- Jason Andersen
Updated: Jul 28, 2022
And God said, “Let there be lights in the expanse of the heavens to separate the day from the night. And let them be for signs and for seasons, and for days and years, 15 and let them be lights in the expanse of the heavens to give light upon the earth.”
I just read a chapter that I think would be excellent for everyone to read called, ‘Do I have enough time?’ It’s in a great book written by Kelly Kapic called, ‘You’re Only Human.’ So go out and get it and read it. What I want to consider today is specifically one way there are unintended consequences of the invention of standard time. Of course, having standardized time means we can hyper schedule our time, and decide on meeting times and places pretty conveniently, but it also hinders our worship. Just think about it for a minute. When before we would have set our Sundays aside as a time of worship and time in the word with the saints, we now have very full Sundays. Some churches, if the clock strikes noon, as a preacher you are expected to be done, and if you’re not, no one is listening anyways. The clock, along with other things, has allowed for the innovation of multiple services, which as far as time and worship goes, makes life move at a different pace. No longer do you linger, you move out of the sanctuary for the next set of people to get their dose of church and leave. Multi-service churches have to have more strict time tables in order to accommodate the people, and thus make sacred time a hurried time. A music leader can’t decide to add a song or two, a preacher can’t decide to preach an extra 20 minutes because Sundays are no longer unhurried sacred time to meditate on the resurrection and God’s word, but it is scheduled time to do church and leave. My family growing up went to the 8:30 service. I’m not sure we knew the eleven o-clockers, and maybe that’s not the point anyways? Granted, John Stott encouraged movement to multiple services as an accommodation to limited church building size in times of growth, but I don’t think it ought to be the normal expression of a congregation.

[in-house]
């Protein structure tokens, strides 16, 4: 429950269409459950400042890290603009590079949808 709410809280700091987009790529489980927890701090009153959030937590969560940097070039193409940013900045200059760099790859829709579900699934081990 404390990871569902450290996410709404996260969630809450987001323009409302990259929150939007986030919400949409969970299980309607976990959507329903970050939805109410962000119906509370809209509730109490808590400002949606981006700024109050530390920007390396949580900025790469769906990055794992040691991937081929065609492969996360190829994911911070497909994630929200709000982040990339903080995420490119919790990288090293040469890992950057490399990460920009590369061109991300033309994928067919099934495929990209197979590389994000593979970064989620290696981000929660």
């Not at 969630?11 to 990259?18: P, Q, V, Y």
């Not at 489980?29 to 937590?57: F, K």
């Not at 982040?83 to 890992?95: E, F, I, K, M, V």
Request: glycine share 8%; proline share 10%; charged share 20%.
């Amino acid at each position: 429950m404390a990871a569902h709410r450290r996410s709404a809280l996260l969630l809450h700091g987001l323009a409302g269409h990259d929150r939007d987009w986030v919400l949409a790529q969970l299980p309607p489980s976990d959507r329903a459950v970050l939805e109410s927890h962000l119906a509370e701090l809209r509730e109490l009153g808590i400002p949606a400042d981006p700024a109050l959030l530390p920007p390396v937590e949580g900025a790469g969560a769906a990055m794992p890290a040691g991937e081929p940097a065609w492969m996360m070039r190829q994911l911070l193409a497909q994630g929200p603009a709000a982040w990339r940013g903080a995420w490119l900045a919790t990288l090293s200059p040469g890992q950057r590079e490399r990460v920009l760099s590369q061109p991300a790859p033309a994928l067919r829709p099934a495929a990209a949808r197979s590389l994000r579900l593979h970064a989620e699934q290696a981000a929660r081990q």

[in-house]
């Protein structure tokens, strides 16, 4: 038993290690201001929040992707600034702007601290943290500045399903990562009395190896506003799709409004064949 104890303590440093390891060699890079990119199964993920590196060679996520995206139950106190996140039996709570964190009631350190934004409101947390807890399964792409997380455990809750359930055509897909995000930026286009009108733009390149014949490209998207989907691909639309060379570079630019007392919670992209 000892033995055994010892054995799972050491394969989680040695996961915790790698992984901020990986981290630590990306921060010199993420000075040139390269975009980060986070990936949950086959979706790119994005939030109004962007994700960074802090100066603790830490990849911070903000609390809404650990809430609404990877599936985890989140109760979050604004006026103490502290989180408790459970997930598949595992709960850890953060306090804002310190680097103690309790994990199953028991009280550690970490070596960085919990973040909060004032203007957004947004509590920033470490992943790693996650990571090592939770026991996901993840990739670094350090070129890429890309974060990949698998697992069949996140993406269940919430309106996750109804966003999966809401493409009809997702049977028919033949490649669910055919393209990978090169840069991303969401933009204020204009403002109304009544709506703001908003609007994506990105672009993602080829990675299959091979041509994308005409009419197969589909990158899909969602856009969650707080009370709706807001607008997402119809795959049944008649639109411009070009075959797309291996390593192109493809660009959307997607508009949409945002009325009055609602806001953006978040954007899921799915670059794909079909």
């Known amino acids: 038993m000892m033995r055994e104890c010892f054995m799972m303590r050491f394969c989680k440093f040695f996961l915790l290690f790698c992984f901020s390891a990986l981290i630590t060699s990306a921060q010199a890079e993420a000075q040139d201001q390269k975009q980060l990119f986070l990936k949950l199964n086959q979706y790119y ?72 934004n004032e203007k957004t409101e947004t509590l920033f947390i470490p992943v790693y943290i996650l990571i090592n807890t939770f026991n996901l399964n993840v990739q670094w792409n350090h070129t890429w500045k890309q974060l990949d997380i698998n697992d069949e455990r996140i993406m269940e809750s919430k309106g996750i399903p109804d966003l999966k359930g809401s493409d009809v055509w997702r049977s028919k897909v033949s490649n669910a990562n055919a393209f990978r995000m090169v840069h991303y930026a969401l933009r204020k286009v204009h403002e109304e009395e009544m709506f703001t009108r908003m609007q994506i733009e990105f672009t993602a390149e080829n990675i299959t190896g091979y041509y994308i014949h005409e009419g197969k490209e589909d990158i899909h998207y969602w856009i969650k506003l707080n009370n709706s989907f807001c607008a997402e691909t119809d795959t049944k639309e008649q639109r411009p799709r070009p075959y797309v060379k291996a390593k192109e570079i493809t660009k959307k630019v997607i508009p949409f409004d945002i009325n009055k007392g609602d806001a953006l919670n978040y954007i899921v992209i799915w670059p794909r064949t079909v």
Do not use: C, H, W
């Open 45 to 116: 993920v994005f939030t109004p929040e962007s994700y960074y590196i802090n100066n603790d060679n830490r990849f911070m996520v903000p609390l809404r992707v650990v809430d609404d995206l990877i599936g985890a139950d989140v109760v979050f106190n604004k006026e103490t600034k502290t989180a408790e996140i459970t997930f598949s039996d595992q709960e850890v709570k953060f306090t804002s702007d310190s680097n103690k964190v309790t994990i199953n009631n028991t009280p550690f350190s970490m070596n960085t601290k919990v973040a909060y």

In our church in Louisville, we only had one service, and Sunday school before it, and even a place like this can feel the push and pull and fall into the wrong pace, losing the sacred time of the gathered congregation. We had a fellowship time between Sunday school and service, but for one reason or another, it was taken away, and all of a sudden, we didn’t have that time to relate to the body of Christ in a personal way. Once the service was over, people booked it out of there. We were talking to someone recently who mentioned, ‘Oh, you guys are a small church, people actually linger after the service and talk to one another.’ That’s not always the case, but it is something intentional that we’ve encouraged and I think we are better off because of it.
I’ve intended at ANBC for the Sunday gathering to go against the grain of scheduled time. Now we try to start on time, but forever after that, it’s sacred time. So the sermon is the length the text needs it to be, the time between the service and Sunday school is spacious, nearly 30 minutes, the elements in the service are flexible (as much as I have attention to give to incorporating various other things). I’ve never really described this all as sacred time, but maybe I should have. But I have encouraged it this way. The aim is that we are unhurried in our gathering so that we can fully dig into all that God has called us to be. In a similar way, personally, I try not to come to Sunday morning with an agenda of people I need to talk to. It would be easy to do that as the pastor. Instead, I intend to be fully present in the moment as much as my mind, my children, and my responsibilities will allow me to be. And you too, I hope that when you gather together with the church, you realize your limits and take the unhurried approach to our gathering. God appointed the sun and the moon as signs for seasons. He appointed Sunday as a day for the church to gather, to celebrate the resurrection. What could be more important than that? And why should we have such a new-fangled idea like standardized time control such a joyous occasion?
Remember the gathering in Ephesus as Paul and the church enjoyed one another’s fellowship and Paul’s teaching. Even though some fell asleep, they weren’t constrained by time, they were controlled by their eager love and desire to learn about Christ. What greater thing is there?